Given the depressing list of dictators who have plagued the world in recent times—Stalin, Hitler, Mussolini, Franco, and tutti quanti, up to Milosevic and Mugabe—it is possible to have a soft spot for Napoleon. He began his career as a very young man, when it was a question of defending France against foreign invaders. In most circumstances, he displayed great courage and daring, and he risked his life more than once. Warfare was not yet completely mechanized in his day, and he was present in person on many battlefields. He even made the long trek to Moscow and back, whereas, if I am not mistaken, neither Hitler nor Stalin ever put in an appearance on the Russian front during the Second World War.
He toppled ruling houses as if playing a game of skittles. He was so resilient and quick-witted that it took seven successive European coalitions to put an end to his mischief. He was a tireless administrator, who itched to reform almost every institution he came across, and although most of his efforts eventually came to naught, some tangible traces of his influence still remain, such as La Légion d’Honneur and the regulations of certain educational institutions; he is not altogether an empty name like Shelley’s Ozymandias.
Despite his great talents, he had one rather touching disability: his Corsican childhood had left an indelible linguistic imprint, and he never learned to pronounce French correctly. He would not have been able to do justice to that magnificent piece of rhetoric he inspired some years after his death: Victor Hugo’s lament for Waterloo. I first heard it read aloud at the age of thirteen or fourteen, and although I was not at all the sort of boy who is interested in battles and model soldiers, I remember the shock of the sudden switch from the minor to the major key at the enjambement: furent grands followed by the rapid crescendo leading up to the triumphant, lingering bugle call:
Tu désertais, Victoire, et le sort était las.
O Waterloo, je pleure et m’arrête, hélas,
Car ces derniers soldats de la dernière guerre
Furent grands; ils avaient vaincu toute la terre,
Chassé vingt rois, passé les Alpes et le Rhin,
Et leur âme chantait dans les clarions d’airain!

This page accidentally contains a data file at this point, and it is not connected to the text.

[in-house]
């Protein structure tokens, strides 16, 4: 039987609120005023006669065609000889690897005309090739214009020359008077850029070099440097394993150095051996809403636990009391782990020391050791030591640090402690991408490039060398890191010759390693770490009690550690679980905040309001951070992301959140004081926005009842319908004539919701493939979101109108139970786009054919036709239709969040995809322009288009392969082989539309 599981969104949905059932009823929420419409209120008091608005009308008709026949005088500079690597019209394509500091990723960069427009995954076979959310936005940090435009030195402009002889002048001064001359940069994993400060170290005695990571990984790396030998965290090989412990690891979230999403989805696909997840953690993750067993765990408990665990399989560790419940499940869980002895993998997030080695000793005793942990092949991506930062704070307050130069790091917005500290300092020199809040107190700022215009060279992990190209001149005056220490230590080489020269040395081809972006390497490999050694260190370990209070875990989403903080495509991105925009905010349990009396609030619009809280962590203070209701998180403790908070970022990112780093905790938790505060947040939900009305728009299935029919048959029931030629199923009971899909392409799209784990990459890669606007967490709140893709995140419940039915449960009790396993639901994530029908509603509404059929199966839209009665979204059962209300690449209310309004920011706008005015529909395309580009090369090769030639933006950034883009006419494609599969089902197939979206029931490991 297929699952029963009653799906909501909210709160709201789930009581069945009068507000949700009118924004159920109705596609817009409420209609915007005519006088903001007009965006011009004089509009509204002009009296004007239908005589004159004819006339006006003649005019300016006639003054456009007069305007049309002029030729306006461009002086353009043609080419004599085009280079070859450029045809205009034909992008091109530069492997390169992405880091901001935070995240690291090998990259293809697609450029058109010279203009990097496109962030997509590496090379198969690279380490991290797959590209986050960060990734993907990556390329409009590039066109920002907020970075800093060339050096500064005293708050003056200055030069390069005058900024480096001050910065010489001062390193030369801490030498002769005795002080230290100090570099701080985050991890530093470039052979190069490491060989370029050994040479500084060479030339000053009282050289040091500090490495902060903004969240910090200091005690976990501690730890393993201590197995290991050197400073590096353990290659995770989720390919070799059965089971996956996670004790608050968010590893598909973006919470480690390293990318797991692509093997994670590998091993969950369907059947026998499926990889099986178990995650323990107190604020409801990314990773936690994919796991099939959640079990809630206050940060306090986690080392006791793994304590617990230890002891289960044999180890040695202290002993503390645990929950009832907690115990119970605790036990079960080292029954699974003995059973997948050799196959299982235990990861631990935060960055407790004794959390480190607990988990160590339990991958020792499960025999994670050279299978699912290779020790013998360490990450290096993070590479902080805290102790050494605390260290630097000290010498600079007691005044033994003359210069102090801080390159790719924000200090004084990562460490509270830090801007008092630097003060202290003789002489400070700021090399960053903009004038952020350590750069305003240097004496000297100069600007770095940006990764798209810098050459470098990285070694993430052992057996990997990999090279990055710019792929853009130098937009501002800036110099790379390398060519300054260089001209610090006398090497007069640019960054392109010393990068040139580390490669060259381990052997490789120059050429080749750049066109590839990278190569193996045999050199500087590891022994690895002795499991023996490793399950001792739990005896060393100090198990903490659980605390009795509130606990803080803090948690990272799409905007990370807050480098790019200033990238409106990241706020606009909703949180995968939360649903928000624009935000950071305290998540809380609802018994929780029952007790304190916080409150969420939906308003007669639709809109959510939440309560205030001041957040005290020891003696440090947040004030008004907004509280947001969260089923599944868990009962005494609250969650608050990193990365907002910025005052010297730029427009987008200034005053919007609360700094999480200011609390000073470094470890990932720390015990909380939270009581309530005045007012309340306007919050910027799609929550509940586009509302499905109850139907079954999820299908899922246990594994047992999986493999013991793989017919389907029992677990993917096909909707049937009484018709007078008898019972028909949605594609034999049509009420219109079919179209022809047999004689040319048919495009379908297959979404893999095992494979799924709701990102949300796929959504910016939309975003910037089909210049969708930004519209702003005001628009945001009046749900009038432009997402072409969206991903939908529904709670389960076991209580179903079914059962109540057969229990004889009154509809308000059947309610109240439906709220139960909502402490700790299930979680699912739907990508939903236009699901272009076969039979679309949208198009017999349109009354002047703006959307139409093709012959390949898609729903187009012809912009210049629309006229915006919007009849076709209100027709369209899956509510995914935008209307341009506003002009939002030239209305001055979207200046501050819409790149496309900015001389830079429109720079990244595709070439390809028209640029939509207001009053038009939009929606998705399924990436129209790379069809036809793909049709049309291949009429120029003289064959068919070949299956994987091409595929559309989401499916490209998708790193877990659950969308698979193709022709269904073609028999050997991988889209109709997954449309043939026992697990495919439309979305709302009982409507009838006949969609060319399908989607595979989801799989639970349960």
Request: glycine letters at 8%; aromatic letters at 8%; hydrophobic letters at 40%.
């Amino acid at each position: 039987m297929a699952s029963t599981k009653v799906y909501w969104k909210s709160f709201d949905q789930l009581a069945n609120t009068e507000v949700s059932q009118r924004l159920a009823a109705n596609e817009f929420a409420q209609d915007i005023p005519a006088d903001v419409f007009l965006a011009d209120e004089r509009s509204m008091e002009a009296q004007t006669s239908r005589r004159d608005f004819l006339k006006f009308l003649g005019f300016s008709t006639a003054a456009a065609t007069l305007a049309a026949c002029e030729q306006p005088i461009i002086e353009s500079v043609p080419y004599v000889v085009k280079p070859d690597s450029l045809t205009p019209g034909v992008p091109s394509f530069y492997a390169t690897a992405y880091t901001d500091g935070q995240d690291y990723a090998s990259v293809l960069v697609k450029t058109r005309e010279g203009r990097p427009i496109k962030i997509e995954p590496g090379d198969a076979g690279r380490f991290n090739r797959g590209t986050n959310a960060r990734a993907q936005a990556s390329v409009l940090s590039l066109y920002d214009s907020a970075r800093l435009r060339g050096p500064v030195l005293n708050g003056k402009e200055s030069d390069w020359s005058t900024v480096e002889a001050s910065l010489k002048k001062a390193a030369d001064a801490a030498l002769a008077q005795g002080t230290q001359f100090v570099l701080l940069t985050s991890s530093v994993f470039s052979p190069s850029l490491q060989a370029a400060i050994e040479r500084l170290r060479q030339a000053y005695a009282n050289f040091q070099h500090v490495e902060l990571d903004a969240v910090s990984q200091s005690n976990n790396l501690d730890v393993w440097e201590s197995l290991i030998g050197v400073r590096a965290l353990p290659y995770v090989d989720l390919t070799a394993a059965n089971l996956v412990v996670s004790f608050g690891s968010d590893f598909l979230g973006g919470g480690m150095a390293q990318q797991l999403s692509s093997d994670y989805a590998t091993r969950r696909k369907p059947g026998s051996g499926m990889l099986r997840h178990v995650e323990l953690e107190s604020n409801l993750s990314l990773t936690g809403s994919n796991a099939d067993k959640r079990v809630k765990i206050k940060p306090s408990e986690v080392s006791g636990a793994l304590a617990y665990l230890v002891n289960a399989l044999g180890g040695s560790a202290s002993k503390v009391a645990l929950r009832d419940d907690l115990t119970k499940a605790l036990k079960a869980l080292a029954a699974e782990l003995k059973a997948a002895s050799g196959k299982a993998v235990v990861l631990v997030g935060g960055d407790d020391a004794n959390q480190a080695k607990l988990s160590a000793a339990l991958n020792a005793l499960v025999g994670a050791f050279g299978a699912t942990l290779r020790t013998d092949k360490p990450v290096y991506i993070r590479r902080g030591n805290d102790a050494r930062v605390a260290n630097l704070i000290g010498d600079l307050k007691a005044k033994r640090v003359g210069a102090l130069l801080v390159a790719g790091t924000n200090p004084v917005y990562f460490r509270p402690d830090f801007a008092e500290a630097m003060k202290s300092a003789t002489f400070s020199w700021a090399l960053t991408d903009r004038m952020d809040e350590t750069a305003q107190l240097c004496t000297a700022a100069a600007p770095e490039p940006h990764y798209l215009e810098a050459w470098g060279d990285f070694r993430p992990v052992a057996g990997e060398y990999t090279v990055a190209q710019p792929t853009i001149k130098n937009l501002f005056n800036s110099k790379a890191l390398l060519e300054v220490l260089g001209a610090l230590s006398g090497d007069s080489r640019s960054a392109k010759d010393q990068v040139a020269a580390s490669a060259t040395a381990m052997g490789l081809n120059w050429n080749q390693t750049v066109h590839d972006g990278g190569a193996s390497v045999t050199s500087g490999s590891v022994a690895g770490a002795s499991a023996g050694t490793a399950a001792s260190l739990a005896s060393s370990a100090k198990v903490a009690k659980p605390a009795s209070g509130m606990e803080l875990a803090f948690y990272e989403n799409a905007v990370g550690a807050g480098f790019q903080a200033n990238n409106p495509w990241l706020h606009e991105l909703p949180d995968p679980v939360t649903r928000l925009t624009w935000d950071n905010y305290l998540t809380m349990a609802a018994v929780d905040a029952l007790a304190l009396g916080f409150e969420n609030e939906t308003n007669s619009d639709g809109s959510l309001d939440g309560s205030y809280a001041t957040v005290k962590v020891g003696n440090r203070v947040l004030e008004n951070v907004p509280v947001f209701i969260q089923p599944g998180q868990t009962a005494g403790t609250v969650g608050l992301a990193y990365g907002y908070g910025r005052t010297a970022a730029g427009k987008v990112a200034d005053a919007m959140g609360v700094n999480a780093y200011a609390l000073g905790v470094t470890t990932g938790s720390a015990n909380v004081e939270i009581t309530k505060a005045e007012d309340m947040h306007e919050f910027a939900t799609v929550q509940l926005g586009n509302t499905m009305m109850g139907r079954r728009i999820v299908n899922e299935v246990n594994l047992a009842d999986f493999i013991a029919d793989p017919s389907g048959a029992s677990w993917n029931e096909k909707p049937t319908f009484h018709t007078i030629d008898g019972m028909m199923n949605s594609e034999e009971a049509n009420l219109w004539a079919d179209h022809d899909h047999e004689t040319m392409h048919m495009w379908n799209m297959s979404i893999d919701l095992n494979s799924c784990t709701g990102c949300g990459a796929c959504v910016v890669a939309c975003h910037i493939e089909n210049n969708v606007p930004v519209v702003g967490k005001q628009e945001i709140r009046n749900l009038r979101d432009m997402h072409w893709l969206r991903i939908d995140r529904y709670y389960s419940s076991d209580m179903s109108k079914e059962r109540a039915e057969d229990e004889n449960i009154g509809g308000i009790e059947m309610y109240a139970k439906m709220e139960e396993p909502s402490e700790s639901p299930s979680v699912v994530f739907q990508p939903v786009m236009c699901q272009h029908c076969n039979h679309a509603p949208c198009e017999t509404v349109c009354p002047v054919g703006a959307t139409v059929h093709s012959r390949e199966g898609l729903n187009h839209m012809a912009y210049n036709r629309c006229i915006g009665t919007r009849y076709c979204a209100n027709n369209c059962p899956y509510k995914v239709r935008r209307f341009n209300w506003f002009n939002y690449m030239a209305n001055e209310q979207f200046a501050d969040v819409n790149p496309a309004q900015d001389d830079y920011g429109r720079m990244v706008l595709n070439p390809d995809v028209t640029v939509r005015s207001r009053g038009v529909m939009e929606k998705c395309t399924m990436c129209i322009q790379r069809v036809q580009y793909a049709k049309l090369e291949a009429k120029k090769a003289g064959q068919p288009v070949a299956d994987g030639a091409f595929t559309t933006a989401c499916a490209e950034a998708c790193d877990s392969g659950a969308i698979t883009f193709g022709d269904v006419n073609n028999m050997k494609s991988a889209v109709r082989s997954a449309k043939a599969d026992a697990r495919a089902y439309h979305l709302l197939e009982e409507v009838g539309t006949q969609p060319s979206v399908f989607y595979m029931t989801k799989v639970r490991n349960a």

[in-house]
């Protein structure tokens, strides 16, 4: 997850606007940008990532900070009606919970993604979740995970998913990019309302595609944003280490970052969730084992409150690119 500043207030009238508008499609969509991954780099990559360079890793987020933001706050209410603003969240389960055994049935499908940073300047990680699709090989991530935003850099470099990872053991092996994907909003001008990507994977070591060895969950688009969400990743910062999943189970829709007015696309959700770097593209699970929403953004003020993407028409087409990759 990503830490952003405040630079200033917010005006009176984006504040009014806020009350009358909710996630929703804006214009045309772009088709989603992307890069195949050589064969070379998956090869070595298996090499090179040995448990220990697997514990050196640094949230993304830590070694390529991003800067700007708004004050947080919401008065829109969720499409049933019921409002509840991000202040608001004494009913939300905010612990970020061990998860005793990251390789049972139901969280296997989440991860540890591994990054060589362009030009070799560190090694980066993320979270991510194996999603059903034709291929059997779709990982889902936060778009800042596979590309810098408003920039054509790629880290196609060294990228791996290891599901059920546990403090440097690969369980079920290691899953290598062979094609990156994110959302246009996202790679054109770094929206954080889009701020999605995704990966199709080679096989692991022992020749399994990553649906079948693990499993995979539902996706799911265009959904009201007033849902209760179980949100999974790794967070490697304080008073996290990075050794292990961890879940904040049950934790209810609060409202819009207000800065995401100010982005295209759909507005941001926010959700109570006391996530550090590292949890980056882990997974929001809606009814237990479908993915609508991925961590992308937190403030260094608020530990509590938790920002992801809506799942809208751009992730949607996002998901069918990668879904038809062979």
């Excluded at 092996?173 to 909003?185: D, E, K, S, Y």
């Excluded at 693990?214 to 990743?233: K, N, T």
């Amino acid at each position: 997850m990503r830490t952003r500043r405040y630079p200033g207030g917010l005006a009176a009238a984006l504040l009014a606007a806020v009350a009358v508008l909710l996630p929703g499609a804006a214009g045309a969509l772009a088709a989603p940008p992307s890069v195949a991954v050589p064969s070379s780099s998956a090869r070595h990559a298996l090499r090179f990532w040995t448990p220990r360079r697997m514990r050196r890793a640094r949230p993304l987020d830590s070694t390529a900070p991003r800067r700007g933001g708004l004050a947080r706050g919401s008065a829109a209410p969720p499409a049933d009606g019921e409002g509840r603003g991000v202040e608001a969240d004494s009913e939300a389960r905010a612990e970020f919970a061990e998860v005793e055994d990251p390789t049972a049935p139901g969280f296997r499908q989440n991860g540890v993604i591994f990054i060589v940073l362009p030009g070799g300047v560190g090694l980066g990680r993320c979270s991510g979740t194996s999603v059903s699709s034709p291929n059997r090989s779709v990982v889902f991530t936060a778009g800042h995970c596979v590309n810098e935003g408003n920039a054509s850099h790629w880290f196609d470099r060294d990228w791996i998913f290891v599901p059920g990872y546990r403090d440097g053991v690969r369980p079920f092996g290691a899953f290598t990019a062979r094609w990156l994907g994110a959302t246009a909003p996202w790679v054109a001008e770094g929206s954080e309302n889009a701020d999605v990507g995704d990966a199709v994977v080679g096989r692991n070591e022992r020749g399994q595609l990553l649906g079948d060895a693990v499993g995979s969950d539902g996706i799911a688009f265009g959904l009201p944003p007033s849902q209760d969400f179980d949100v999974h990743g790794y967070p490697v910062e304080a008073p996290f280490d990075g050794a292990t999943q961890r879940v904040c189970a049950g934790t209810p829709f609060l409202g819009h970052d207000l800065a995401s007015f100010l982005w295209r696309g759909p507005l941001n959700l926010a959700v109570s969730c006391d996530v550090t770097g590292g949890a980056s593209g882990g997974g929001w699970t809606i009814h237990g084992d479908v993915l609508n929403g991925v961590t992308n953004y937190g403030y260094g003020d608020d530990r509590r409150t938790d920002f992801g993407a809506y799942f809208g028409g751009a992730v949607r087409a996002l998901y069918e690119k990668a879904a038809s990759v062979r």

But let us not get carried away. If we ask the naive question, Was Napoleon “a good thing”? enthusiasm cools. He was first and foremost a military man, and a cynic with limited human feelings. He is on record as having said, while contemplating a battlefield littered with corpses: “Bah! Une nuit de Paris remplacera tout cela!” (“What of it?” or “Not to worry! One Parisian night will replace all that!”). He was a man of power, one of the most remarkable in European history, but, in the end, instead of remolding politics creatively, he pieced together a gimcrack empire, with his siblings and extended family as pop-up kings and queens. In the circumstances of the time it was perhaps almost inevitable that he should do so. Beethoven, in his disappointment, tore up the dedication of the Eroica symphony, but of course a composer deals with musical notes, a less intractable material than human nature. Napoleon was riding on a wave of history or collective hysteria, so much so, indeed, that some commentators have maintained that he was more the creation of circumstances than their creator. But to adopt such a view wholeheartedly would be to absolve him of all responsibility and to diminish his personality, around which such a complex myth has developed.
That the myth is still alive, even in the English-speaking world, is demonstrated by the simultaneous appearance of these four new books, to be added to the hundreds of others that have already dealt with Napoleon’s campaigns, the drama of his crowded life, and the mystery of his psychological makeup. Nearly two centuries after his death, he still commands such attention that Michael V. Leggiere, an American professor of history, has devoted seven years to the study of a single aspect of a single year in Napoleon’s career—the so-called Prussian War of Liberation of 1813.
To defeat the sixth coalition, consisting of Prussia, Austria, Sweden, Britain, and Russia, Napoleon needed to retake Berlin, where his authority had once been supreme, but he failed. The spell had been broken by the catastrophe of the Russian campaign of 1812, and Prussian opposition had stiffened. By now the too-confident conqueror had bitten off more than he could chew; he was not free to lead the campaign himself, and his local commanders lacked his ability to improvise on the spur of the moment, partly perhaps because he had always been inclined to keep them on a rather short lead.
Napoleon and Berlin is obviously intended for readers with a special interest in the minutiae of military history, but it also gives a vivid picture of the confusions of warfare, with misunderstandings and quarrels between commanders, and much switching of loyalties on the part of nations and states.
Leggiere passes no overall moral judgment on Napoleon. Paul Johnson, on the contrary, mounts a short, pithy attack in his life of Napoleon. While recognizing the Corsican’s exceptional abilities, he presents him as the embodiment of pure, unprincipled ambition:
…The horrific course of the Revolution led, as was almost inevitable, to absolutism, of which Bonaparte was the beneficiary. And once installed in power he relentlessly sought further power by extending his rule to encompass most of Europe…. Force was the only language he understood, and in the end it pronounced a hostile judgment on him.
Napoleon was an unhesitating liar and self-propagandist, ready to express liberal sentiments for tactical reasons, but privately convinced that the mass of humanity is no more than a mob, unless controlled by strong characters, he himself being, naturally, the strongest character in Europe. Johnson quotes Wellington’s verdict, which tempers praise with severe blame:
I can hardly conceive of anything greater than Napoleon at the head of an army—especially a French army. Then he had one enormous advantage—he had no responsibility—he could do what he pleased; and no man ever lost more armies than he did.